Double Member Borough

Published in The History of Parliament: the House of Commons 1754-1790, ed. L. Namier, J. Brooke., 1964
Available from Boydell and Brewer

Background Information

Right of Election:

in persons paying church and poor rates, resident or non-resident

Number of voters:

about 400


16 Apr. 1754Joseph Damer, Baron Milton 
 John Pitt 
11 Dec. 1756Pitt re-elected after appointment to office 
25 Mar. 1761Joseph Damer, Baron Milton 
 Thomas Foster 
7 May 1762John Damer vice Milton, called to the Upper House 
23 Dec. 1765William Ewer vice Foster, deceased 
16 Mar. 1768John Damer218
 William Ewer143
 Laurence Cox85
10 Oct. 1774William Ewer232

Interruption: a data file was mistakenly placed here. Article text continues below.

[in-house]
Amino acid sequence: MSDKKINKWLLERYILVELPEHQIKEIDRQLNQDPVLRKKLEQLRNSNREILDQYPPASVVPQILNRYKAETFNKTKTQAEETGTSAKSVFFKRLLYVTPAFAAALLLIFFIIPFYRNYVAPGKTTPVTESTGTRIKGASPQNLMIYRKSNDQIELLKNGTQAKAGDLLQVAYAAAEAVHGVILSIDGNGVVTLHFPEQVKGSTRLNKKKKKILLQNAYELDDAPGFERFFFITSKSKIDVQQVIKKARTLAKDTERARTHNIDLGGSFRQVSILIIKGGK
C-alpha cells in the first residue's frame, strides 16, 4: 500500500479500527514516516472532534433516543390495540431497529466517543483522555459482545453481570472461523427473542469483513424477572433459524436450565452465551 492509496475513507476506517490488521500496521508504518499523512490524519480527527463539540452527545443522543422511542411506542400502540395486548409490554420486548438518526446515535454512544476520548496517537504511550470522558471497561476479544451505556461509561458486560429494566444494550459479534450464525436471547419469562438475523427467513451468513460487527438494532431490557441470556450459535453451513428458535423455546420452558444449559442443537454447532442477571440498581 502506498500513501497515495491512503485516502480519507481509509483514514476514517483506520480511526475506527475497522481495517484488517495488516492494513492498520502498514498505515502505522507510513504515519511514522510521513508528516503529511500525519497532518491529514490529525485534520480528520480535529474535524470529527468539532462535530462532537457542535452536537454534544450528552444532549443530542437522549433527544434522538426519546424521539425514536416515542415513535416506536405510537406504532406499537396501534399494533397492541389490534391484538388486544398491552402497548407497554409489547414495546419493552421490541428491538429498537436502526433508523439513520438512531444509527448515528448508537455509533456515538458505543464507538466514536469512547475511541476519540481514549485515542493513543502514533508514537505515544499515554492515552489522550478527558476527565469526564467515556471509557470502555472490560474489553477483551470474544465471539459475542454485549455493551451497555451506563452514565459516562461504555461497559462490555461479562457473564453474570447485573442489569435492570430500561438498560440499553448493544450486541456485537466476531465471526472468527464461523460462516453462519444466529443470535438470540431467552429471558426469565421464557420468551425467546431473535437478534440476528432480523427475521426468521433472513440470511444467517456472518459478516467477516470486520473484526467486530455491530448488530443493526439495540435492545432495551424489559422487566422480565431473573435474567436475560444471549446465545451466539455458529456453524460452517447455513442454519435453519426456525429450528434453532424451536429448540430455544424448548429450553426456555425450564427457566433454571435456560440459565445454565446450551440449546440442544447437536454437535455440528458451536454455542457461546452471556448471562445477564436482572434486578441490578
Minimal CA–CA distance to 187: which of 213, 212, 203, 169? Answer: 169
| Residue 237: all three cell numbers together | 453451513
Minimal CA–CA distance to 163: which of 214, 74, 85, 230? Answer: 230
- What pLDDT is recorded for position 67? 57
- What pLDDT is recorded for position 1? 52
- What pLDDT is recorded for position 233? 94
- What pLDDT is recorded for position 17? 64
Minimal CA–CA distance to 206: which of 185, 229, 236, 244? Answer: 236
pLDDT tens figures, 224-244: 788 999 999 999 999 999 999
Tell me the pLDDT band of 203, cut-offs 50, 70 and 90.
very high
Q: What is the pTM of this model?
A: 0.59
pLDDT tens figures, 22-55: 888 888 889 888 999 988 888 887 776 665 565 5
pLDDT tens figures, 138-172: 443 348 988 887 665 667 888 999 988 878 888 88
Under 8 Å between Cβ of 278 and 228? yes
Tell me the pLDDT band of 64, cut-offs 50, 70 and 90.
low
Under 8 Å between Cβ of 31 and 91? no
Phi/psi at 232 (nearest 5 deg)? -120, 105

John Damer214
 Anthony Chapman145
11 Sept. 1780George Damer128
 William Ewer112
 John Floyer23
31 Mar. 1784George Damer 
 William Ewer 
4 July 1789Thomas Ewer vice William Ewer, deceased 
30 Jan. 1790Cropley Ashley vice Ewer, deceased 

Main Article

There was no dominant interest, but a number of local landowners had influence: the Earl of Shaftesbury, high steward 1757-71; Lord Milton, high steward 1771-98; the Earl of Cholmondeley; and the Pitts of Encombe. There was also an independent vote. In 1754 John Pitt, one of the sitting Members, concluded a compromise with Lord Milton. Lord Malpas, defeated at Dorchester in 1752, who had intended to stand again, was persuaded by Henry Pelham to support the compromise. William Templeman, of a family of local attorneys much concerned in Dorset borough elections, wrote to Malpas, 23 Mar. 1754,1 that Pitt and Milton, having disobliged the corporation, ‘the town is now in the greatest ferment, and the cry is an opposition they will have’. In the end there was no contest in 1754 nor in 1761, but an opposition they did have at the next three general elections.

Author: Sir Lewis Namier


  • 1. Add. 32734, f. 363.